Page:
Astoria’s Parks and Rec has plenty of things going on even when the weather turns nasty, as it is expected to do over the next few days.
One popular program is a volunteer coordination effort. Citizens Helping Improve Parks or CHIP which encourages residents to CHIP-In by volunteering for various clean-up projects in city parks and facilities.
Fall chinook salmon are returning to the Hanford Reach section of the Columbia River in record-setting numbers. Scientists estimate 200,000 chinook are spawning in the Hanford Reach, the most fish ever counted in this area since dams were constructed in the 1930s.
Today Jeff Gudman is announcing his candidacy for the Republican nomination for Oregon Treasurer. Gudman is a two term Lake Oswego City Councilor, the current treasurer of the Legacy Emmanuel Foundation and the former treasurer of USA Olympic Swimming.
Following reports of merger discussions between beer makers Anheuser-Busch InBev and SABMiller, Senate Finance Committee Ranking Member Ron Wyden, D-Ore., today urged the Federal Trade Commission and Department of Justice to weigh in any future review process how a deal would affect craft brewers, consumers and distributors in Oregon and across the country. Recent media reports suggest the so-called “macro-brewers” may have sought to curb competition by acquiring distributors and limiting the access craft brewers have to consumers in stores, bars and restaurants.
On Saturday Astoria Police officers responded to the emergency room at Columbia Memorial Hospital. Staff reported they were treating a patient that appeared to have been stabbed. The victim, Christopher Peterson, a 27 year old Warrenton resident, had been treated for a laceration to his neck that was consistent with being stabbed with a jagged object. It might have be a routine investigation except Peterson said he could not recall how he ended up in the hospital.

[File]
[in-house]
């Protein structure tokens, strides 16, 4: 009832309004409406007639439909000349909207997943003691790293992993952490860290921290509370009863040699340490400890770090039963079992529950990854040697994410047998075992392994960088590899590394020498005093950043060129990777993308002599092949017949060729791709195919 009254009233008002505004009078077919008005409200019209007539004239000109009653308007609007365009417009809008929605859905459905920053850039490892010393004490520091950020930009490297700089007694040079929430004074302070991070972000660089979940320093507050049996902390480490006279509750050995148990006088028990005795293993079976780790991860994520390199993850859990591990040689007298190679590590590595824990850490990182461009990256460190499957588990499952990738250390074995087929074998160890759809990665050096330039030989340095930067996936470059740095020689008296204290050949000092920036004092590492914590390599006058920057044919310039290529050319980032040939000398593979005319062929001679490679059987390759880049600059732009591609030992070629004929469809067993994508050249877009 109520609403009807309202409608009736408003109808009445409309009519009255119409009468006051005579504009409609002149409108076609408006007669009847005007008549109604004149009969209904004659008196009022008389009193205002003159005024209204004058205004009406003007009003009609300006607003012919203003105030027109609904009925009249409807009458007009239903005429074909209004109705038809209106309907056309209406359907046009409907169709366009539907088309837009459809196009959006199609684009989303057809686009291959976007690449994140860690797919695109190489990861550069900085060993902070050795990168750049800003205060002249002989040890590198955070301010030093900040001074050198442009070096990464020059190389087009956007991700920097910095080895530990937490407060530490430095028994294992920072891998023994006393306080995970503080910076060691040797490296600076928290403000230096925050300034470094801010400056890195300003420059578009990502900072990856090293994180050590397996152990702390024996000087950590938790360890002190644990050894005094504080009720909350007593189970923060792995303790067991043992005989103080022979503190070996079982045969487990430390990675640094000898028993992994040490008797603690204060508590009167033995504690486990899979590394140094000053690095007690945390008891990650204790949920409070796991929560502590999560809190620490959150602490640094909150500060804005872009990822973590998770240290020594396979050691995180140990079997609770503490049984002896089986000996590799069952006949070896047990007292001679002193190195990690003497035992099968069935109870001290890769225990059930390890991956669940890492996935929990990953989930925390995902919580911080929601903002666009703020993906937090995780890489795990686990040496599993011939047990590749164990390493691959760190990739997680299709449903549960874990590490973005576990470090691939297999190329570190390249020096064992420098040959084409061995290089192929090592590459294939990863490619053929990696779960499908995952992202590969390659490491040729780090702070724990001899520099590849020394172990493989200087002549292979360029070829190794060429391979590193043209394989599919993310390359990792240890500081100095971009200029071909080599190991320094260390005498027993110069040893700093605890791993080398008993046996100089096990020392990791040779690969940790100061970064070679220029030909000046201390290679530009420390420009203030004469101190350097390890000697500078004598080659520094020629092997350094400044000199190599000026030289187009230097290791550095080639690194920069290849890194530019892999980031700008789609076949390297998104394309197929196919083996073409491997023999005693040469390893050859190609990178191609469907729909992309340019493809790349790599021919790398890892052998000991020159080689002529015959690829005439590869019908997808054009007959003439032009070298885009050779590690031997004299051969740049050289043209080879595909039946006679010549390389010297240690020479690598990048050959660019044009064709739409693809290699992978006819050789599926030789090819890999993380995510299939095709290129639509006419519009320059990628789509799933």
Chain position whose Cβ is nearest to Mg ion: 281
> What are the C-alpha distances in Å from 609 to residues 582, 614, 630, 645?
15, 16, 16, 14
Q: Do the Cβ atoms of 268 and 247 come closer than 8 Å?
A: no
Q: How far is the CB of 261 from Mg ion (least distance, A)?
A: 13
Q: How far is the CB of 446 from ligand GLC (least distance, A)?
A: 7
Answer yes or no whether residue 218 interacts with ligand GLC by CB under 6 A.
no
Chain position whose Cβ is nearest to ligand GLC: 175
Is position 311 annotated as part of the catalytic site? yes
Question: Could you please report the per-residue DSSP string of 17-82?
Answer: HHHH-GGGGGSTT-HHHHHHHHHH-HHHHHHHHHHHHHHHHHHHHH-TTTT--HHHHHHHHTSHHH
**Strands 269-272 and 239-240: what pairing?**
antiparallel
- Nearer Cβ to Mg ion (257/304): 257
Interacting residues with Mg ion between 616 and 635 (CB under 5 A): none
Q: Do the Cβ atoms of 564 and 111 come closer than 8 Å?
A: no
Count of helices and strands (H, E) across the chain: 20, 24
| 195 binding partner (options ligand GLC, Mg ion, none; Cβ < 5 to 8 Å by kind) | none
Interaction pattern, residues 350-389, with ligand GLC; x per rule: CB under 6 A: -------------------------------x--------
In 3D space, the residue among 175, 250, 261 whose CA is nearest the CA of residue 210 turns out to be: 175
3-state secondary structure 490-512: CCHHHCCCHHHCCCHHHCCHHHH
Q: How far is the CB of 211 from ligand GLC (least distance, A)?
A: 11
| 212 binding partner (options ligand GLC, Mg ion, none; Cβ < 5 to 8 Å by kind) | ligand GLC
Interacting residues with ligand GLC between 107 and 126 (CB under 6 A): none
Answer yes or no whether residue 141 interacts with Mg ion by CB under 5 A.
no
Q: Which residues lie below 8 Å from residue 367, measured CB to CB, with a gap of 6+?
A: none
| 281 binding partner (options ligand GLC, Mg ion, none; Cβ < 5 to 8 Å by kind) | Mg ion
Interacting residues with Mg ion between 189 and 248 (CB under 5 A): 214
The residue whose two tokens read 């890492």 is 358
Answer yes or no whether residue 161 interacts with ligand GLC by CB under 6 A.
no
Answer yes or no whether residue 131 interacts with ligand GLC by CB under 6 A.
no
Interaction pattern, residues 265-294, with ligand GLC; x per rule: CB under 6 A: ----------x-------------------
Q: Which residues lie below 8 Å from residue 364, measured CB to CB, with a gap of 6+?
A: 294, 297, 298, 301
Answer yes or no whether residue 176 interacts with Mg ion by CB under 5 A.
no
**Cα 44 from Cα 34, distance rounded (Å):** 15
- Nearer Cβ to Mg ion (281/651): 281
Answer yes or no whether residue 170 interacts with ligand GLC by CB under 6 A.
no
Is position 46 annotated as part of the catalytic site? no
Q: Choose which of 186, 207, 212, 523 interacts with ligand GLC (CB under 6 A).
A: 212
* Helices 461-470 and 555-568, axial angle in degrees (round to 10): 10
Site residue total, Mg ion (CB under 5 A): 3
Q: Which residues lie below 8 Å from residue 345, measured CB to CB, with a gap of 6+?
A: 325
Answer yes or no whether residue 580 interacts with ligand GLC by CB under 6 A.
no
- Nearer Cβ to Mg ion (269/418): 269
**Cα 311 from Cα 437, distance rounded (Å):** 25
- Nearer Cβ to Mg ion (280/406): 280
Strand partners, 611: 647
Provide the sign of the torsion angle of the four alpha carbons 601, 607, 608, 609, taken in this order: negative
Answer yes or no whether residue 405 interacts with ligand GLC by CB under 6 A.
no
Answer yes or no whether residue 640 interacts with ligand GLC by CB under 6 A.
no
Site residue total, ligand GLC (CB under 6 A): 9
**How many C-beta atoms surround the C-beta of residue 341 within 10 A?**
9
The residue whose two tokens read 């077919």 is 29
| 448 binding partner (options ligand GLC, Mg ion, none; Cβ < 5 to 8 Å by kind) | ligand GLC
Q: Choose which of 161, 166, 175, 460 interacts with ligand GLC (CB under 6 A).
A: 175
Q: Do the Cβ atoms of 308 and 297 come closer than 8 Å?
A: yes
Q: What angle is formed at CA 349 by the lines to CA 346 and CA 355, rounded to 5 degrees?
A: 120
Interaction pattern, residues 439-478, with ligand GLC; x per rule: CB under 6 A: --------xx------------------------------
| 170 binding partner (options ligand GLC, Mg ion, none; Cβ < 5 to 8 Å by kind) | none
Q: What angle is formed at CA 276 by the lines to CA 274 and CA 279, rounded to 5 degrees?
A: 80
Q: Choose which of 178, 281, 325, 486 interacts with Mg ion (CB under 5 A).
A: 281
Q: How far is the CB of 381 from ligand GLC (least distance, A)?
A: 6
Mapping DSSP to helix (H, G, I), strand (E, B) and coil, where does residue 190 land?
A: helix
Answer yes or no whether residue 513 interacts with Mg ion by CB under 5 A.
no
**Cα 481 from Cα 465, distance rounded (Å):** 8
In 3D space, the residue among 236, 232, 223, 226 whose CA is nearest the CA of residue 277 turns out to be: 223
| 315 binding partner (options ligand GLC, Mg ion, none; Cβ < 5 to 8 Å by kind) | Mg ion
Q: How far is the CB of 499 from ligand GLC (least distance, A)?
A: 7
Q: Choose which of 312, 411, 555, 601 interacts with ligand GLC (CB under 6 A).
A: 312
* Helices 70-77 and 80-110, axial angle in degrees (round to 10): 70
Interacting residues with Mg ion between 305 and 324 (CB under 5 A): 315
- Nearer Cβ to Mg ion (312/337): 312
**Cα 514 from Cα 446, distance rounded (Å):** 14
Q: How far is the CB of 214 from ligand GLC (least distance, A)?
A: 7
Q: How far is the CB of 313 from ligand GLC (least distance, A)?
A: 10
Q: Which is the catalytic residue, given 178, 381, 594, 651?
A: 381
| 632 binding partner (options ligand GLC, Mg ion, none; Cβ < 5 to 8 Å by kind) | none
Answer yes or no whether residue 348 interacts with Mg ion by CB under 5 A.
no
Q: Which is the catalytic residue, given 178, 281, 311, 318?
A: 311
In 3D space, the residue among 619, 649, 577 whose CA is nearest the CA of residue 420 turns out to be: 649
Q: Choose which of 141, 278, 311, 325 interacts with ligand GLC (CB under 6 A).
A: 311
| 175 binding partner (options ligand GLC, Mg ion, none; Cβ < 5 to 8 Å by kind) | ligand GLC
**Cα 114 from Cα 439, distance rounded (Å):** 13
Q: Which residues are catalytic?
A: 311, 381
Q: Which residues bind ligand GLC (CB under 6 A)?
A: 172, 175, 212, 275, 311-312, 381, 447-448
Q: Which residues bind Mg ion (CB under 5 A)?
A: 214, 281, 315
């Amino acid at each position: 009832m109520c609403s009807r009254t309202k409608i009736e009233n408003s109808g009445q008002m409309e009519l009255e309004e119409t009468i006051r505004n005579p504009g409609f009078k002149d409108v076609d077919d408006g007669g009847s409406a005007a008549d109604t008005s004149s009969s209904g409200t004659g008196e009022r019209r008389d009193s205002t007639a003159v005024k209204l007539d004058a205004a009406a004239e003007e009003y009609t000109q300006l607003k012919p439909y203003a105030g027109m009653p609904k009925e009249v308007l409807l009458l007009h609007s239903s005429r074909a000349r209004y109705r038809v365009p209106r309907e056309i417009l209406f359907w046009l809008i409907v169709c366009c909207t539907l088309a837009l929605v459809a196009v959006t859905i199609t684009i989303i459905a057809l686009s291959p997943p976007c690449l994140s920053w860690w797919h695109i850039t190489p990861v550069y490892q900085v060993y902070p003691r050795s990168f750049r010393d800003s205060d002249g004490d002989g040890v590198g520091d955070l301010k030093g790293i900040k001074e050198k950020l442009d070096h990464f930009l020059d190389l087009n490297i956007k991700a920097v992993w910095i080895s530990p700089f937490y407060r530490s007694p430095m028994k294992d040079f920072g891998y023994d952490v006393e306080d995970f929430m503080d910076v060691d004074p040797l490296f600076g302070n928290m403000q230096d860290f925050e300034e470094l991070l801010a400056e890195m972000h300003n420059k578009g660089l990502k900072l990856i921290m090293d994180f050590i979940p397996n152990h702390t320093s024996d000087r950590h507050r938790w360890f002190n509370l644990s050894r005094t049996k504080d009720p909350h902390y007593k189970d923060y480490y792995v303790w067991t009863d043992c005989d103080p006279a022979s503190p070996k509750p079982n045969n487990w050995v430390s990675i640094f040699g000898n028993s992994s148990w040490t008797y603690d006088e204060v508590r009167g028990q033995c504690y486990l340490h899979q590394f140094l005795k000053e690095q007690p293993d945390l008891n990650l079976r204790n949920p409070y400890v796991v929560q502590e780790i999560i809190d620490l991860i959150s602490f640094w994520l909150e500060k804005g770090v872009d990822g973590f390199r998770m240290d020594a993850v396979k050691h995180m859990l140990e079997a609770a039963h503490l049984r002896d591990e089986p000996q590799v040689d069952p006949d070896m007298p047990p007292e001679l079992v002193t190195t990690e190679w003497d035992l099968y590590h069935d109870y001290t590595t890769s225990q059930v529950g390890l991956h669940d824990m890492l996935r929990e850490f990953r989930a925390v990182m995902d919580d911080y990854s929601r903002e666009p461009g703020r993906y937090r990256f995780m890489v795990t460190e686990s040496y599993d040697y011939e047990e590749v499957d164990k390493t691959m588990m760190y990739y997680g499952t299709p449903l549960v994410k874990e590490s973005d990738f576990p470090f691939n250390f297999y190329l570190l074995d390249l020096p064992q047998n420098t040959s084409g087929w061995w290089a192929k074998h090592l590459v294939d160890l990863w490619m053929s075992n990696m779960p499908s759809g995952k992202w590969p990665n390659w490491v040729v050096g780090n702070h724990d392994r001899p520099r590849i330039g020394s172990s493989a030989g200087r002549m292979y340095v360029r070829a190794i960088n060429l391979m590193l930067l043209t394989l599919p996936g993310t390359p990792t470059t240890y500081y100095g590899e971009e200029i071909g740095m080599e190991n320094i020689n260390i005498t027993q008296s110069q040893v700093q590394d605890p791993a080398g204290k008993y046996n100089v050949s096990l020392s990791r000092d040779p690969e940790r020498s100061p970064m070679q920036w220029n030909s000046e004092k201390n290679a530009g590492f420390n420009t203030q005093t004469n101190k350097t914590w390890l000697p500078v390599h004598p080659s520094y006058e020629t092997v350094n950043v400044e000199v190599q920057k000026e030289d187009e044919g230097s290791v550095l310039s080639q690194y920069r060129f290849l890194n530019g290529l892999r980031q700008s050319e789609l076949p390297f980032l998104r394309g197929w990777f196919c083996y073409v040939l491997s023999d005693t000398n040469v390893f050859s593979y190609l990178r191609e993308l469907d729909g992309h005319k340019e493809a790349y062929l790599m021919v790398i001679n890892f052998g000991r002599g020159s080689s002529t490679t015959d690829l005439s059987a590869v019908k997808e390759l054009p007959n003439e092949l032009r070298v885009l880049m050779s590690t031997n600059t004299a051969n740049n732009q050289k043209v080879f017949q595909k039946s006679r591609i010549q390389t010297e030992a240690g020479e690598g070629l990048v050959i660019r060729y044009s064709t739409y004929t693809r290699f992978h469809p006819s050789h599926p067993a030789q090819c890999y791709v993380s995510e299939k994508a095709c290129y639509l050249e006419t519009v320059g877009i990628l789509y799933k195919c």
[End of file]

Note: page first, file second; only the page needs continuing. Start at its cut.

There have been some high profile acts of vandalism committed in Clatsop county over the last few months. Vandals climbed the construction fence and scafolding to toss paint over the newly refreshed work on the top of the Astoria Column. Some this past week someone decided to destroy the newly upgraded ball field at Warrenton's community park by recklessly driving all over it repeatedly tearing up the newly graded surface and the freshly reseeded turf. Police are stilll trying to track down those responsible.
Representatives from multiple local jurisdictions gathered Monday, Nov. 2 in Astoria to learn about the roles and responsibilities of senior officials in natural disasters and other emergencies. The workshop, sponsored by the Clatsop County Emergency Management Division and Board of Commissioners, was designed to illustrate to participants their respective roles in a disaster, and familiarize the participants with established emergency response protocols such as the Incident Command System used by first responders.
The Fifth Annual Harvest Haul, a food drive for the Peninsula wrapped up another stormy season on Saturday. This was the fifth year for the OMG Radio, Okie’s Thriftway Market, Great NorthWest Federal Credit Union Harvest Haul. Food and cash donations during Harvest Haul go directly to the Ilwaco and Ocean Park Food Banks.
Astoria and its project partners took another bow for CMH Field Monday night. Special projects Planner Rosemary Johnson passed along an award from the Oregon Economic Development Association she picked up on behalf of the city at a recent Association gathering that recognizes the outstanding collaborative effort between the City, Columbia memorial Hospital, Astoria School District, and Western Oregon Recology that built the new field, provided the old field for future hospital expansion, provided significant improvements for Recology’s waste transfer station and capped the old city dump in a way applauded by the state Department of Environmental Quality.
The Oceanview Cemetery in Warrenton belongs to the City of Astoria and is managed by the city Parks and Recreation Department. There are over 16,000 individuals interred there with the earliest graves dating back to 1896.
It has been a challenge for the city to maintain the 100 acre site. Half of the land is currently in use with another usable 50 acres undeveloped. Those who have friends and loved ones buried at Oceanview have been quite vocal about the condition of the grounds saying that the lawns have been overtaken by moss, weeds, and invasive plants.